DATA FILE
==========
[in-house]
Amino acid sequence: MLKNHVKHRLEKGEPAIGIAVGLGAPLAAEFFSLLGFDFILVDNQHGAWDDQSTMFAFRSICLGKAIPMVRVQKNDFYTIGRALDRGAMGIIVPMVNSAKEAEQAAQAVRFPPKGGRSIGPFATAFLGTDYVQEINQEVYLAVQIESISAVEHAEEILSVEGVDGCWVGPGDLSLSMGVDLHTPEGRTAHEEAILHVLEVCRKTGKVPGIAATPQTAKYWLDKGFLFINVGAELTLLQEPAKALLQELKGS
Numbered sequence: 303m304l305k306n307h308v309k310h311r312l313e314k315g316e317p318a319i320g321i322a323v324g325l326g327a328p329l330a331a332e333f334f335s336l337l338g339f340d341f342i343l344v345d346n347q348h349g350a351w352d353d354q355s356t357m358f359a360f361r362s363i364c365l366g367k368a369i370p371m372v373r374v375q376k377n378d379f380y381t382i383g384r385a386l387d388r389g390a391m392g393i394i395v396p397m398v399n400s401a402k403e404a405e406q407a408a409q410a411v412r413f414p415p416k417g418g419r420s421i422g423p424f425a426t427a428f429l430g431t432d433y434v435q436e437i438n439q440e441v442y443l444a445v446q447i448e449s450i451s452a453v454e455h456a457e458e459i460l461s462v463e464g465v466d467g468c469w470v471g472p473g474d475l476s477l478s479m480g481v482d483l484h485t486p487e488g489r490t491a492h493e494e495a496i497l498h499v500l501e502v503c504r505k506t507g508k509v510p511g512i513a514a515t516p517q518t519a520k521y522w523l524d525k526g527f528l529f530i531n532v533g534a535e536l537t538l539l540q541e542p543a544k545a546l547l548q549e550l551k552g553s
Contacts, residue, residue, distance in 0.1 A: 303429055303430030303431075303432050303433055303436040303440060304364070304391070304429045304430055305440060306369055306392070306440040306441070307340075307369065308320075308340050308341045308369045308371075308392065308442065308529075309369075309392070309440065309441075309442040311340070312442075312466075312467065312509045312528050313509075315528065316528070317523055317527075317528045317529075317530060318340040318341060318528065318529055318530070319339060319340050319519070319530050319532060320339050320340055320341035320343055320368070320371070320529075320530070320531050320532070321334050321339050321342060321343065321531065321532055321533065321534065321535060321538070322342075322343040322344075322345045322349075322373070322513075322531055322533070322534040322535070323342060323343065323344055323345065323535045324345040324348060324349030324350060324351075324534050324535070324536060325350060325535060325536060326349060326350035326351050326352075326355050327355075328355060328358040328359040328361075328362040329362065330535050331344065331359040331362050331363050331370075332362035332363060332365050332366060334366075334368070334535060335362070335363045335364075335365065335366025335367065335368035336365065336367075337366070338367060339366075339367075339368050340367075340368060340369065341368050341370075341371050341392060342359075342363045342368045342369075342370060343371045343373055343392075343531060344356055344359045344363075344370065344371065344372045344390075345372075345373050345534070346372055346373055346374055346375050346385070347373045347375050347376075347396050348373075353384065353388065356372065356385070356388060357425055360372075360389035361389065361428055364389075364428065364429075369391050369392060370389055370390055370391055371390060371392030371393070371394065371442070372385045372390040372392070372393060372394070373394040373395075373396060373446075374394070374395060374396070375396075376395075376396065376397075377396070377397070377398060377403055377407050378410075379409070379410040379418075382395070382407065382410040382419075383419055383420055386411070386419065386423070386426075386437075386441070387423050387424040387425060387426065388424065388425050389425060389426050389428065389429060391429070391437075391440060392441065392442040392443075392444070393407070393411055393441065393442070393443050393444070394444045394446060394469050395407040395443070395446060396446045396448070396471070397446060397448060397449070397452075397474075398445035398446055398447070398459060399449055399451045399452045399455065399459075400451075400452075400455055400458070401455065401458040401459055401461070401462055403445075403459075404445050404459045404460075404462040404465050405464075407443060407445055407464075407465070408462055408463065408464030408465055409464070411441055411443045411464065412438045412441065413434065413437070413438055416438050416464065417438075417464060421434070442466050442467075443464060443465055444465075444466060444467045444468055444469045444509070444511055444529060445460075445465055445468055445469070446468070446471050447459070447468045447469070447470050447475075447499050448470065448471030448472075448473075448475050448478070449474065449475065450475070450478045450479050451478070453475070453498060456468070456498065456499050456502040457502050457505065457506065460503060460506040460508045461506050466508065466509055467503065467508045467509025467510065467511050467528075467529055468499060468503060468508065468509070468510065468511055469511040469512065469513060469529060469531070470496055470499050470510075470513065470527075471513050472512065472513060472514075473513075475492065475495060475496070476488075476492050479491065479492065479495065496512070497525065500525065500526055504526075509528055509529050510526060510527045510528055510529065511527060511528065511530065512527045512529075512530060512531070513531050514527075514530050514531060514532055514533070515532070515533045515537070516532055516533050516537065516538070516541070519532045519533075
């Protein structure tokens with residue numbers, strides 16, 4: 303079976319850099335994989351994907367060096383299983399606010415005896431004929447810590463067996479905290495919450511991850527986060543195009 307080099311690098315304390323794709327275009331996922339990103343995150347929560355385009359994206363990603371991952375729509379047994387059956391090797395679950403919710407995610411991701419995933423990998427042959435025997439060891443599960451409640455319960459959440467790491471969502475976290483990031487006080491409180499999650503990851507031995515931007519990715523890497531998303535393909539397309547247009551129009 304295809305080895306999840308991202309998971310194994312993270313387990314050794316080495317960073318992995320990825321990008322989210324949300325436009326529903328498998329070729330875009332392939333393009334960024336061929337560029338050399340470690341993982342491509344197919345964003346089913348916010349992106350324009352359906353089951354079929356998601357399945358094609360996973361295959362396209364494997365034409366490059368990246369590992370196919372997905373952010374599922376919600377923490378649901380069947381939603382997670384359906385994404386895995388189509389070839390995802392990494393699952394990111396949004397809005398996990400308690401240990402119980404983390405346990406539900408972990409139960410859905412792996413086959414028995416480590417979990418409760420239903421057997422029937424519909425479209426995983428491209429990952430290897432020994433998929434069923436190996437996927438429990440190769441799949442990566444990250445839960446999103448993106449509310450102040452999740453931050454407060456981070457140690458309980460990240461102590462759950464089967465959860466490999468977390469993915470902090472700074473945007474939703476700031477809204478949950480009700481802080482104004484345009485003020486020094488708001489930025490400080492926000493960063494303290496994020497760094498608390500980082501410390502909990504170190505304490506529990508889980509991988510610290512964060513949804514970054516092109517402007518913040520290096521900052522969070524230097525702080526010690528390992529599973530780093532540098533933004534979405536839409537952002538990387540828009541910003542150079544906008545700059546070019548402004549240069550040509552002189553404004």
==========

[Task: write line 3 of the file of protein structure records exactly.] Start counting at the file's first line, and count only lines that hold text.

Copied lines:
Numbered sequence: 303m304l305k306n307h308v309k310h311r312l313e314k315g316e317p318a319i320g321i322a323v324g325l326g327a328p329l330a331a332e333f334f335s336l337l338g339f340d341f342i343l344v345d346n347q348h349g350a351w352d353d354q355s356t357m358f359a360f361r362s363i364c365l366g367k368a369i370p371m372v373r374v375q376k377n378d379f380y381t382i383g384r385a386l387d388r389g390a391m392g393i394i395v396p397m398v399n400s401a402k403e404a405e406q407a408a409q410a411v412r413f414p415p416k417g418g419r420s421i422g423p424f425a426t427a428f429l430g431t432d433y434v435q436e437i438n439q440e441v442y443l444a445v446q447i448e449s450i451s452a453v454e455h456a457e458e459i460l461s462v463e464g465v466d467g468c469w470v471g472p473g474d475l476s477l478s479m480g481v482d483l484h485t486p487e488g489r490t491a492h493e494e495a496i497l498h499v500l501e502v503c504r505k506t507g508k509v510p511g512i513a514a515t516p517q518t519a520k521y522w523l524d525k526g527f528l529f530i531n532v533g534a535e536l537t538l539l540q541e542p543a544k545a546l547l548q549e550l551k552g553s